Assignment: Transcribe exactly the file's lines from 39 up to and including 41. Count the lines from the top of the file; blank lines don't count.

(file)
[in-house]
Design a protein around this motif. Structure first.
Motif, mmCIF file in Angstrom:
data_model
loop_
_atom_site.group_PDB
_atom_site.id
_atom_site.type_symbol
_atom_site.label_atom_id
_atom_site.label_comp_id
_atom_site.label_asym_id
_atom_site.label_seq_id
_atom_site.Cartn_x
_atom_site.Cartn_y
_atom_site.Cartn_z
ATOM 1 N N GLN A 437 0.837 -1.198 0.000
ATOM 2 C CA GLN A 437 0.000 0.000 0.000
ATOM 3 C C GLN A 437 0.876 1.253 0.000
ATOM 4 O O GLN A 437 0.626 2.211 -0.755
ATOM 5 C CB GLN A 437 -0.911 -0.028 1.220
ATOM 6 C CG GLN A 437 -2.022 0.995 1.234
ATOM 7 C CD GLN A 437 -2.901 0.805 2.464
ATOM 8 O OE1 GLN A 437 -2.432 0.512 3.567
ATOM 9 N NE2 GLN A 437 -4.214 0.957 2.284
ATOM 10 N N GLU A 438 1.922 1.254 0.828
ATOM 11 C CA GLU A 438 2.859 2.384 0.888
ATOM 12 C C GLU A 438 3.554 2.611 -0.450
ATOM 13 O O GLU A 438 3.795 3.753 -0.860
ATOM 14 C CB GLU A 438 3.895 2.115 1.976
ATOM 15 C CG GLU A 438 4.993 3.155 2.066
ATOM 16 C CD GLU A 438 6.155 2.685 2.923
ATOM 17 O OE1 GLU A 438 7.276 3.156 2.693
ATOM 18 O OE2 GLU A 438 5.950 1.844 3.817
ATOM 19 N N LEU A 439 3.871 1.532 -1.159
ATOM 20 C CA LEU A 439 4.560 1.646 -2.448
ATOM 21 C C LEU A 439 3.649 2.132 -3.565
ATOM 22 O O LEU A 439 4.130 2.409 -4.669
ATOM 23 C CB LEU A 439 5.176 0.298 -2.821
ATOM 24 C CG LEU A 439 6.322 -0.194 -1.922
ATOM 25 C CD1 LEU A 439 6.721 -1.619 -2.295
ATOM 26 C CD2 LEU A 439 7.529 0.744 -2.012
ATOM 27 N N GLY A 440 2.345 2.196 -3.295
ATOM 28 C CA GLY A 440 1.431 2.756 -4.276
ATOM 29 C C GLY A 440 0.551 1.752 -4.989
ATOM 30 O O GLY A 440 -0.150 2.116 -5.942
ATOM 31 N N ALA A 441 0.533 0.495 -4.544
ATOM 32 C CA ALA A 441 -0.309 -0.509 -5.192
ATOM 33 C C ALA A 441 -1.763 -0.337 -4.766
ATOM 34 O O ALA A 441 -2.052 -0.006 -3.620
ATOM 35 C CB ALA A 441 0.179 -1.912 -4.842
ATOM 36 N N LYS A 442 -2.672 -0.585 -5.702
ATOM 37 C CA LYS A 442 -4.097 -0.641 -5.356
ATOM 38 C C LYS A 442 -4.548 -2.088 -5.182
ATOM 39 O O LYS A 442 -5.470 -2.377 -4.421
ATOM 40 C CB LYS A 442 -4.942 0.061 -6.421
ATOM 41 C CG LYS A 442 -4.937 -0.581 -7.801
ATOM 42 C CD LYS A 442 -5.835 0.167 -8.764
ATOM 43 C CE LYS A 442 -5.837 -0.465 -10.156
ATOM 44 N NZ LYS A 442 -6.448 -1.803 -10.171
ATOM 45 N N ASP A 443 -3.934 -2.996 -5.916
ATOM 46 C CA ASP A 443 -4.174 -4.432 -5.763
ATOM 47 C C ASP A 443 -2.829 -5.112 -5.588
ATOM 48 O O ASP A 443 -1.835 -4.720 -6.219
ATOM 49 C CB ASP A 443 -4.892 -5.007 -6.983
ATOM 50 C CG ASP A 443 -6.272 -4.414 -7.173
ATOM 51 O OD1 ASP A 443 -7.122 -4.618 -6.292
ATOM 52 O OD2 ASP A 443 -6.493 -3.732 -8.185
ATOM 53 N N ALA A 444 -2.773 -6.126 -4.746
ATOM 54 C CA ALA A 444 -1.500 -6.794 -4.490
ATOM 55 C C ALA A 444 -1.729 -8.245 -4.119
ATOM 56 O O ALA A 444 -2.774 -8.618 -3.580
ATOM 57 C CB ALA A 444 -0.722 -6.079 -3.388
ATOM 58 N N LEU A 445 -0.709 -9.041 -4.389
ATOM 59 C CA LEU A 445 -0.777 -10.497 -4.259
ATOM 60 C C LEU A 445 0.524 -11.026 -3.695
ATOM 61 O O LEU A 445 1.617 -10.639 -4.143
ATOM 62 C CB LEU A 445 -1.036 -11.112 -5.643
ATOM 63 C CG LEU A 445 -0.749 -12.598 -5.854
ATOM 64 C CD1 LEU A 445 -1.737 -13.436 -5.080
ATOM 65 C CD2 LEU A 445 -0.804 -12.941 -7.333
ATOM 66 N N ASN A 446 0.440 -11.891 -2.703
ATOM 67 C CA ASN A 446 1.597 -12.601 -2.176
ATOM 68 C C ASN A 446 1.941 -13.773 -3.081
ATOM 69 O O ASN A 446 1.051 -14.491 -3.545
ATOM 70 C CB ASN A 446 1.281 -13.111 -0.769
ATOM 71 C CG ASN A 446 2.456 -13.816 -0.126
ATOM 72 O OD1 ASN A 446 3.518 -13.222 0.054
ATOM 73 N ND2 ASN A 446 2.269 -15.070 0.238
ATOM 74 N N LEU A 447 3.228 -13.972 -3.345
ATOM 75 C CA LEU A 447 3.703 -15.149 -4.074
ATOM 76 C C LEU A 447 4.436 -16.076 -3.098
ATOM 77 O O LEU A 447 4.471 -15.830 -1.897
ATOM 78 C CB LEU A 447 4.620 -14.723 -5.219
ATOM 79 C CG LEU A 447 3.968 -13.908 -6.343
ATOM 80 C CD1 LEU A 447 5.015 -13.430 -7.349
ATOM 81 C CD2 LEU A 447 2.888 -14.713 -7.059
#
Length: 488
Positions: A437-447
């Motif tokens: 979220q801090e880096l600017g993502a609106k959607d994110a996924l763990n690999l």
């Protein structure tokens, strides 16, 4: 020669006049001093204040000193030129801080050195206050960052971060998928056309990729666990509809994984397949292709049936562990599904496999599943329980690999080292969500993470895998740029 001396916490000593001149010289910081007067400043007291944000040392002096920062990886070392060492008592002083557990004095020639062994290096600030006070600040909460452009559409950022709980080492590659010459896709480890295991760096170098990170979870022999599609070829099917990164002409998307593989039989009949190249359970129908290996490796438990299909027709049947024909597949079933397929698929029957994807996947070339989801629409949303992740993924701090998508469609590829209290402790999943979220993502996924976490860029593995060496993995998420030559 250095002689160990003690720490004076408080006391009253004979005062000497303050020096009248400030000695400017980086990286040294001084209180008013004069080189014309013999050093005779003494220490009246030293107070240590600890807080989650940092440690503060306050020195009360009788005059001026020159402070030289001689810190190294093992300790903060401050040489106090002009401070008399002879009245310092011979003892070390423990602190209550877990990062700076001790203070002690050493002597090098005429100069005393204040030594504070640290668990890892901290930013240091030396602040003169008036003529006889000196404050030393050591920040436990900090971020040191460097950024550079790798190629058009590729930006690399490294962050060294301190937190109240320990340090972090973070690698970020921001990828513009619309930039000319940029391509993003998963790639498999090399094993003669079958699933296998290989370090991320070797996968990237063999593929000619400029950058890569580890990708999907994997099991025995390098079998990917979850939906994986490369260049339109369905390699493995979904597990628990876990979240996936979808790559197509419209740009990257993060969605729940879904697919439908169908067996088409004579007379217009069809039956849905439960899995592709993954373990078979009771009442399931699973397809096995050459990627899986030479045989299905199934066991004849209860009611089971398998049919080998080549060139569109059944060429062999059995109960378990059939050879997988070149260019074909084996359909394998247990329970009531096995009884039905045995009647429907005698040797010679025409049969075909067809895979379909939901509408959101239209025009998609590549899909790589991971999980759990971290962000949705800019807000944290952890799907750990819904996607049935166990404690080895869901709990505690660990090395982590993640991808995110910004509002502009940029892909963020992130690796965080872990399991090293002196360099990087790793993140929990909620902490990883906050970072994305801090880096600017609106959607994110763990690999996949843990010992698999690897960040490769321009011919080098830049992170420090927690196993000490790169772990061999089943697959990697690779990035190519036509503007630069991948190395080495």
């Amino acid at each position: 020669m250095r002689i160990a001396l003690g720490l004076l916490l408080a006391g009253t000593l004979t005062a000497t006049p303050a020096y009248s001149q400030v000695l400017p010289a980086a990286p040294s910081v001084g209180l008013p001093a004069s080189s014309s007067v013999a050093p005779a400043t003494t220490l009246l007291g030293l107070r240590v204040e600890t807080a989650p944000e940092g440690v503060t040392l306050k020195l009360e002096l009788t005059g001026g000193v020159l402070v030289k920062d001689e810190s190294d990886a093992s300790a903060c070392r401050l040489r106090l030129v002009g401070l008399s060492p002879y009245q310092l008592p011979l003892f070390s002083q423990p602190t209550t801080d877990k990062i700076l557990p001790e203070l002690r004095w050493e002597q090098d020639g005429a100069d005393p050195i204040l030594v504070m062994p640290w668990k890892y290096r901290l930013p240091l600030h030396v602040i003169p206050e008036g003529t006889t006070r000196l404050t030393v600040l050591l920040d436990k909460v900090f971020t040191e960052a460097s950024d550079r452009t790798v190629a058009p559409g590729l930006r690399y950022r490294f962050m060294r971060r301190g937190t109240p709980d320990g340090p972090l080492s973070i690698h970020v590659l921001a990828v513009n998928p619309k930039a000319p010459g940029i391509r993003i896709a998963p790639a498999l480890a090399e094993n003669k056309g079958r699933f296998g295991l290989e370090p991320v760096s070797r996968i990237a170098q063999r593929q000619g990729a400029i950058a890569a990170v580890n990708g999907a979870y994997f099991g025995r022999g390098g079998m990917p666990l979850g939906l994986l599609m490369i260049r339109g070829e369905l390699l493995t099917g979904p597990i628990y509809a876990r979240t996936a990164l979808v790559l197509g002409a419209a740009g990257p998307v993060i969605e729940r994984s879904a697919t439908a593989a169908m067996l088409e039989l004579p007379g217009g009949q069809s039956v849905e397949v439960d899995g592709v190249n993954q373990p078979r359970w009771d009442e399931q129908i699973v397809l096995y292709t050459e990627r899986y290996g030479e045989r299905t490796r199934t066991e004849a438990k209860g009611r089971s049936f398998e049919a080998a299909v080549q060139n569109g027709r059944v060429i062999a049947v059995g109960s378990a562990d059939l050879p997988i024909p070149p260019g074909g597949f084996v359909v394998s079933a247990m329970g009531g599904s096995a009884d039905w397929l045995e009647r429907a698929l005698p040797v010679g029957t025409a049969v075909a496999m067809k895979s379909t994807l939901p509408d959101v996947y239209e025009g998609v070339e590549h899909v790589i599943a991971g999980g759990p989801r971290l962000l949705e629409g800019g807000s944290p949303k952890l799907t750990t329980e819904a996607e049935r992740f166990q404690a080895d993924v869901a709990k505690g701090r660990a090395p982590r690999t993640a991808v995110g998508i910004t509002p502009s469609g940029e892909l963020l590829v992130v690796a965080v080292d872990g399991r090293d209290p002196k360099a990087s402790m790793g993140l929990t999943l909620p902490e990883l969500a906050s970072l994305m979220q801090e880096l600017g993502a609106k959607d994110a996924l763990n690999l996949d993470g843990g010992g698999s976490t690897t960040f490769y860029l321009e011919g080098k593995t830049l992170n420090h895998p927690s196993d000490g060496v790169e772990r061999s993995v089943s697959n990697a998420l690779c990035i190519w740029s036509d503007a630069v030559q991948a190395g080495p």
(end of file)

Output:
ATOM 24 C CG LEU A 439 6.322 -0.194 -1.922
ATOM 25 C CD1 LEU A 439 6.721 -1.619 -2.295
ATOM 26 C CD2 LEU A 439 7.529 0.744 -2.012